One of the reasons I enjoy the Montreal World Film Festival every year is because it gives you a view of different parts of the world you might never see or know about. Director Marwan Hamed's follow up to "The Yacoubian Building" is just that type of film. We get a bird's eye view into the underbelly of Cairo, Egypt. This is a world of violence, cramped quarters, constant movement, and constant territorial wars between the overlords.
As a young boy Ibrahim watches his father slaughtered before his eyes at the hands of one of the overlords of the seedier part of Cairo. This is an area in which law enforcers and the government largely ignores and the gangsters, bosses and drug dealers are allowed to divide up the territory as they see fit. The people are frightened of them as they rule like kings.
Ibrahim has to survive in this poverty-stricken, violent surrounding without the guidance of a father. He meets a young girl, Horeya, who he is taken with immediately, but they are forcibly separated as he is not seen as suitable. As revenge a young Ibrahim stabs the girl's father and spends much of his youth in and out of detentions centers. Even as he gets older he never forgets this young girl.
This rough beginning forces Ibrahim into life as a criminal; he really has no other viable choice. As an adult Ibrahim (Ahmed el-Sakka) and his friend Ashry (Amr Waked) work for one of the overlords. Ibrahim and Ashry are delivering a bag of drugs when they are ambushed and the drugs are stolen. Despite his injuries Ibrahim is determined to get the drugs back. He believes one of the men under the overlord Zarzur (Mahmoud Abdel Aziz) has stolen the drugs, so he goes off by himself to forcibly get it back. Impressed by his courage against all odds, Zarzur hires Ibrihim (and Ashry) to work for him.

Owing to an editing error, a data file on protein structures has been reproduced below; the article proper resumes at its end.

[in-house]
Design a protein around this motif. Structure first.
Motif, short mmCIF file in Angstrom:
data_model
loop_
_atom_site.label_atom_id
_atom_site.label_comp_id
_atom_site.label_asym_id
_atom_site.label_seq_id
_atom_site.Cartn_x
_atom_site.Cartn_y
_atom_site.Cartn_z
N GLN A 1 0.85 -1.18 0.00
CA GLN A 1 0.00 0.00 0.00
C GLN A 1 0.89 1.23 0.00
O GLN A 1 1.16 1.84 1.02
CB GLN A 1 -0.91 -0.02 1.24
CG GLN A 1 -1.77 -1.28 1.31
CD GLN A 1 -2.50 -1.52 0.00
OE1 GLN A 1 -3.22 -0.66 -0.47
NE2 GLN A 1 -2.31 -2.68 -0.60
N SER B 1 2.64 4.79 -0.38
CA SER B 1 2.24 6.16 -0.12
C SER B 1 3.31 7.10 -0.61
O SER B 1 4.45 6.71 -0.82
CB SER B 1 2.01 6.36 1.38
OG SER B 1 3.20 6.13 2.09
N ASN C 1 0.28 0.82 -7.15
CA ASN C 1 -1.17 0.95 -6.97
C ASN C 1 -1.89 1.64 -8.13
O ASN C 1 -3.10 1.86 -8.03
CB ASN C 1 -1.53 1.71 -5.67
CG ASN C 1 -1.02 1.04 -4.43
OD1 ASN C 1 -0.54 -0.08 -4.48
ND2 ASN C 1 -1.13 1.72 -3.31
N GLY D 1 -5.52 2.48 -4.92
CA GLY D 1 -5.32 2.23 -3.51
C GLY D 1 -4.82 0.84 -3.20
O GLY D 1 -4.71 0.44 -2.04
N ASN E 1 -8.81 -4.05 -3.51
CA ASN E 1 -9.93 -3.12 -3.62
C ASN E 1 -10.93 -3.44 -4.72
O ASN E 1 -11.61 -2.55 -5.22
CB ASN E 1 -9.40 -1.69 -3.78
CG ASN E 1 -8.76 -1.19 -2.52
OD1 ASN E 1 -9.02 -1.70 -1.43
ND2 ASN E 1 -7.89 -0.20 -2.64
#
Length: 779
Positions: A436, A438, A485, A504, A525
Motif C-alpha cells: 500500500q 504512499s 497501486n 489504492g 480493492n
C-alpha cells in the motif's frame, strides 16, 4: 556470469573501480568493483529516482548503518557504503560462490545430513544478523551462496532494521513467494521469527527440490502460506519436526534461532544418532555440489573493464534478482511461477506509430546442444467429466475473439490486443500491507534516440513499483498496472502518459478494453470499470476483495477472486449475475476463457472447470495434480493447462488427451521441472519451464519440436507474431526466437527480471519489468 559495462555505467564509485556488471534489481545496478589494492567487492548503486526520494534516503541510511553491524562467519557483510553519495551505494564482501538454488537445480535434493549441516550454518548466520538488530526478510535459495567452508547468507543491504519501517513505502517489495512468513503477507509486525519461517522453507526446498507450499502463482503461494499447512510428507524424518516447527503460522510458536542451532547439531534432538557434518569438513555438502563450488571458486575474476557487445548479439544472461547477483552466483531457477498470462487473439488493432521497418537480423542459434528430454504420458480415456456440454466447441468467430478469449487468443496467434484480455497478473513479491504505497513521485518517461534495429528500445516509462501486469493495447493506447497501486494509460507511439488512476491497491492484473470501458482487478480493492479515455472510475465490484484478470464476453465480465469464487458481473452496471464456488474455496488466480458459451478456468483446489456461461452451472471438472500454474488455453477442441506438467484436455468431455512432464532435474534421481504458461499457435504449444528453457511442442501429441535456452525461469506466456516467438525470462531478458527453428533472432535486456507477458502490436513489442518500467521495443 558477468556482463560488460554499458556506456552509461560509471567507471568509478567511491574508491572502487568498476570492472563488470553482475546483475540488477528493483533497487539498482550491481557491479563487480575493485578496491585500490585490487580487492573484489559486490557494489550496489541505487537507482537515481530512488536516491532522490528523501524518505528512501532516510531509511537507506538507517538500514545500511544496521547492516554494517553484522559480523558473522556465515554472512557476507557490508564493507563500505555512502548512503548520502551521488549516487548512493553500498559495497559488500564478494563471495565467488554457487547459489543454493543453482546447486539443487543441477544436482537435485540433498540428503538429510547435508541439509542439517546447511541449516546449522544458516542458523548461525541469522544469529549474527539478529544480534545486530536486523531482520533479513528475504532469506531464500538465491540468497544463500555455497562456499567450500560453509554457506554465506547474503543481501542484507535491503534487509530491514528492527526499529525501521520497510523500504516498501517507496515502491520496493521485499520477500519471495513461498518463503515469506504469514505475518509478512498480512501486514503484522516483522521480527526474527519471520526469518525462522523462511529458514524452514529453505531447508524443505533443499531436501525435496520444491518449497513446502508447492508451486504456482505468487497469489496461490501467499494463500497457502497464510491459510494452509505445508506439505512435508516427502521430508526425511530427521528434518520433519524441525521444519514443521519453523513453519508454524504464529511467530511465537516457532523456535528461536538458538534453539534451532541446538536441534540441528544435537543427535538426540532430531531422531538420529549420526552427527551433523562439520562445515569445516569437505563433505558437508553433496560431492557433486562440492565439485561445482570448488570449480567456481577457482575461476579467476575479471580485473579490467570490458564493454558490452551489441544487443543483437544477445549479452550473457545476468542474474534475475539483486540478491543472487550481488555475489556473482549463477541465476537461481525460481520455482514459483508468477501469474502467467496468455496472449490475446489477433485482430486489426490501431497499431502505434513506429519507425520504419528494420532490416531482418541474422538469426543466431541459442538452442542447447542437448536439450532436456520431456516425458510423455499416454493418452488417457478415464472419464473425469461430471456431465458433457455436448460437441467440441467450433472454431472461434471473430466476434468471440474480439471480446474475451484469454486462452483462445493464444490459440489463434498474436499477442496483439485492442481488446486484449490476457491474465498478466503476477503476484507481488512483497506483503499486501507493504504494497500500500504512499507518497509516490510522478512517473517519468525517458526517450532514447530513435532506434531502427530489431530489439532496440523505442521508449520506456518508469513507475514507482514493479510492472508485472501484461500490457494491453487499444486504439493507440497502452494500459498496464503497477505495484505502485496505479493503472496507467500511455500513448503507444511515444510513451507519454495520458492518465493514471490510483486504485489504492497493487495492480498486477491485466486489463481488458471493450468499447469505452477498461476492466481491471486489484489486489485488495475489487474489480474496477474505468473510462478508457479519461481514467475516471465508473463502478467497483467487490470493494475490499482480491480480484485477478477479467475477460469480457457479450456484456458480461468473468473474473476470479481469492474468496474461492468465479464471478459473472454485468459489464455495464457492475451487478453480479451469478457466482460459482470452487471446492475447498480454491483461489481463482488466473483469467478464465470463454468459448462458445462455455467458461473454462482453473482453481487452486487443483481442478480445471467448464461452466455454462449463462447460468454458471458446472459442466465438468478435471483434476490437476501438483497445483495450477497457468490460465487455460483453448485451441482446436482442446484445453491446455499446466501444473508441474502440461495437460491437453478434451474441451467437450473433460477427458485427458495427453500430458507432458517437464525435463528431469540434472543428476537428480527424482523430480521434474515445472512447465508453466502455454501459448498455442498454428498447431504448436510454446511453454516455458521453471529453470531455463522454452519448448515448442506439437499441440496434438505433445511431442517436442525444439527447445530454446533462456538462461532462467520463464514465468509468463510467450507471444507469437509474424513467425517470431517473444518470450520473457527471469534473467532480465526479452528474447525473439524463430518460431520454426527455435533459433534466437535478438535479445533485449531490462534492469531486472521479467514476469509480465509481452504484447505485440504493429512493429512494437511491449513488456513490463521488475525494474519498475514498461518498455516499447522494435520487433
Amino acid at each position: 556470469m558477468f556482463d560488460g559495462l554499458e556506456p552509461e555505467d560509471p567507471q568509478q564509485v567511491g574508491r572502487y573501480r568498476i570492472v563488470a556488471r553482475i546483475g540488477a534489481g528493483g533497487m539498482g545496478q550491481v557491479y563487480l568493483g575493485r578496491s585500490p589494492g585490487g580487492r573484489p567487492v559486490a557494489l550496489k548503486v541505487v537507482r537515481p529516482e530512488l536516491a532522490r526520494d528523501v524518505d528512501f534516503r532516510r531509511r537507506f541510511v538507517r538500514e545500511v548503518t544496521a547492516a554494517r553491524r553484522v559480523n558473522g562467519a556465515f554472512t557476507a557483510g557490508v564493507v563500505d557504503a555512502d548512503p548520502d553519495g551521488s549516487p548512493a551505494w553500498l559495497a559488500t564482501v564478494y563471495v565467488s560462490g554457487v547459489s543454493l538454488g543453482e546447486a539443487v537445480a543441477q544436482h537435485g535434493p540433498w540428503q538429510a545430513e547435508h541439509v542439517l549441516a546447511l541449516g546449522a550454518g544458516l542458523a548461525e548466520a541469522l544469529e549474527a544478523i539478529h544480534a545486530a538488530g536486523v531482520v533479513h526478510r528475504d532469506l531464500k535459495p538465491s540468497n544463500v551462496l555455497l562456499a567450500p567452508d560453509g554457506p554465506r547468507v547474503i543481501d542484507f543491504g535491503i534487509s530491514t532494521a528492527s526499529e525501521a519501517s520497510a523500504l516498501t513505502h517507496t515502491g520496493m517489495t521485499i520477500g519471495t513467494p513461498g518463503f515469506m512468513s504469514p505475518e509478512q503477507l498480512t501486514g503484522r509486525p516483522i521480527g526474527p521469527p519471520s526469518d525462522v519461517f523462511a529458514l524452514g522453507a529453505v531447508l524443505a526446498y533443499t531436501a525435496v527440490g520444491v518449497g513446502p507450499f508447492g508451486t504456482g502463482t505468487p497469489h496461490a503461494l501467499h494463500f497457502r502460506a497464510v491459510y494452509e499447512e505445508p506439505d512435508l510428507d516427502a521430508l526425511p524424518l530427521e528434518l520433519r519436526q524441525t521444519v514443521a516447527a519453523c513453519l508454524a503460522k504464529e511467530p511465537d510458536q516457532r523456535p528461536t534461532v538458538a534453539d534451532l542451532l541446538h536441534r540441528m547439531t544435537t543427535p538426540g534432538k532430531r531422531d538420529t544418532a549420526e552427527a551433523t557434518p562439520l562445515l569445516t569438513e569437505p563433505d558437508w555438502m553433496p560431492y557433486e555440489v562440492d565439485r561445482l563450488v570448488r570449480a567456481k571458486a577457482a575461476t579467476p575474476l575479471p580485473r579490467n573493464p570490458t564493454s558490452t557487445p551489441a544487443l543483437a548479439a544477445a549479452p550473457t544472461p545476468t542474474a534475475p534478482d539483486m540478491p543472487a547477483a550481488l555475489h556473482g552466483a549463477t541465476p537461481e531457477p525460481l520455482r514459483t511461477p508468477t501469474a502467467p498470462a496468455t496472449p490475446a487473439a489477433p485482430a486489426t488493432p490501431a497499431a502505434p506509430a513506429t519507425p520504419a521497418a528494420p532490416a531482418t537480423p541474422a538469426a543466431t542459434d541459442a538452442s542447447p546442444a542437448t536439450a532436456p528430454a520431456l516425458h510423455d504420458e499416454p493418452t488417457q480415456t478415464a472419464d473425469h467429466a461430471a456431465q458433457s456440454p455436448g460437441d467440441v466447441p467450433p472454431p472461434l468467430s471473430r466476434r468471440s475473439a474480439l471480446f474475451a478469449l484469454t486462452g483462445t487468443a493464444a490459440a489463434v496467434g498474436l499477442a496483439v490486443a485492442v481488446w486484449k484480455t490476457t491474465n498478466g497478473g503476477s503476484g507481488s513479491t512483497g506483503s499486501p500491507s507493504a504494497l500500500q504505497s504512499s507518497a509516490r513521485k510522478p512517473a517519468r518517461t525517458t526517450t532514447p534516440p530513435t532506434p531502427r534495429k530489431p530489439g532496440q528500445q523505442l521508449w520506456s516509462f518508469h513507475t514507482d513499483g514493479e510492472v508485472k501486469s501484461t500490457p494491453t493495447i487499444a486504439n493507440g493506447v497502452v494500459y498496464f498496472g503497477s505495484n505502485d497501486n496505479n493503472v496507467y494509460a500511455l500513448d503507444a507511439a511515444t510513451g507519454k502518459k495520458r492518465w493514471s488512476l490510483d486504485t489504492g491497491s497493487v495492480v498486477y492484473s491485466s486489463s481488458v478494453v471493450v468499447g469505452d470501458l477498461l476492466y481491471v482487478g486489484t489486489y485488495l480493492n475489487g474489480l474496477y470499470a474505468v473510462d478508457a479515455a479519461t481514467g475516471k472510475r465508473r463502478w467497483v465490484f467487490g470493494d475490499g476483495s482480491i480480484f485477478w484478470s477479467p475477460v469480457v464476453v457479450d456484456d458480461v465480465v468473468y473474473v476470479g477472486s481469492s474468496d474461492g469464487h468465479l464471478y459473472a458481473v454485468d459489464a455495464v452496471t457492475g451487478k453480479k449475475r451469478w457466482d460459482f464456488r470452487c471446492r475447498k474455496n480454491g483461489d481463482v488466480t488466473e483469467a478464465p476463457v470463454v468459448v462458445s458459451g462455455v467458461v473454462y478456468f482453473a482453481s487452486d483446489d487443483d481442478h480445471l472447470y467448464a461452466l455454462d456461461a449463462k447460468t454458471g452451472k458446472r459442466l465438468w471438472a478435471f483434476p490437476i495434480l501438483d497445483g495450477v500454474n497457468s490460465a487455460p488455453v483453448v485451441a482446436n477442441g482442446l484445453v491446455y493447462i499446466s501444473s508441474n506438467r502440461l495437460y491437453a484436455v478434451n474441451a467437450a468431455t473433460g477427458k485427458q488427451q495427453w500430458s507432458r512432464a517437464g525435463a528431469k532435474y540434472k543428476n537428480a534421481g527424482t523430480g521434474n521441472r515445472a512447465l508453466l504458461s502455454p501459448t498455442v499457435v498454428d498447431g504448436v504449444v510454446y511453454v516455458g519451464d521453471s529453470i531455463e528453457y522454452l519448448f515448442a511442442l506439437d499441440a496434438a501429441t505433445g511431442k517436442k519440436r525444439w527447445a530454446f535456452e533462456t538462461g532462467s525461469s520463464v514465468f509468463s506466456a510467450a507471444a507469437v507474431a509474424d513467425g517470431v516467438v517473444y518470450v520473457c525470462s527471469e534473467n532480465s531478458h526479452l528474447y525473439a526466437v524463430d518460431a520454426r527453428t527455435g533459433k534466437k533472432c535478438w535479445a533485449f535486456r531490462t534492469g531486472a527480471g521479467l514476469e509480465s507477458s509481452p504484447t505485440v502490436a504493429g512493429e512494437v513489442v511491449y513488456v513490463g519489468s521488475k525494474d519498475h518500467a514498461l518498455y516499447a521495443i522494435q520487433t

The film is as bloody as you can get. This is a time before guns were used in these parts of Cairo, so all the damage/violence is done with knives or switchblades. The blood flows from the earliest scenes right up until the inevitable bloody climax. If nothing else it is very 'real'. The way it is portrayed it almost seems like the director is letting you in on secret that not many people know about. This is not the Cairo shown the world.
Amidst all the violence somewhere in the background there is a love story there. The improbable love between Ibrahim and Horeya (Hend Sabri). They have loved each other since childhood and even through their separation and then even after they reconnect, but are still kept apart because Zarzur is obsessed with her. Interesting to see love surviving under these types of conditions.
The seedier side of Cairo really plays a big part in the film. More than a story about one individual living there it really is about that portion of town and how its inhabitants eke out their existence. It is a dog eat dog world. It is a world of secrets, bloodshed, fear, violence, mayhem, poverty, and lack of options.
The film is an ambitious one in that it is not an easy watch, but your time there (it is over 2 hours long) is made worth it due to the great acting from Ahmed el-Sakka and the grittiness/realness of the story. On the other hand, this is not a film for everyone due to its drawn-out and constant violence and length.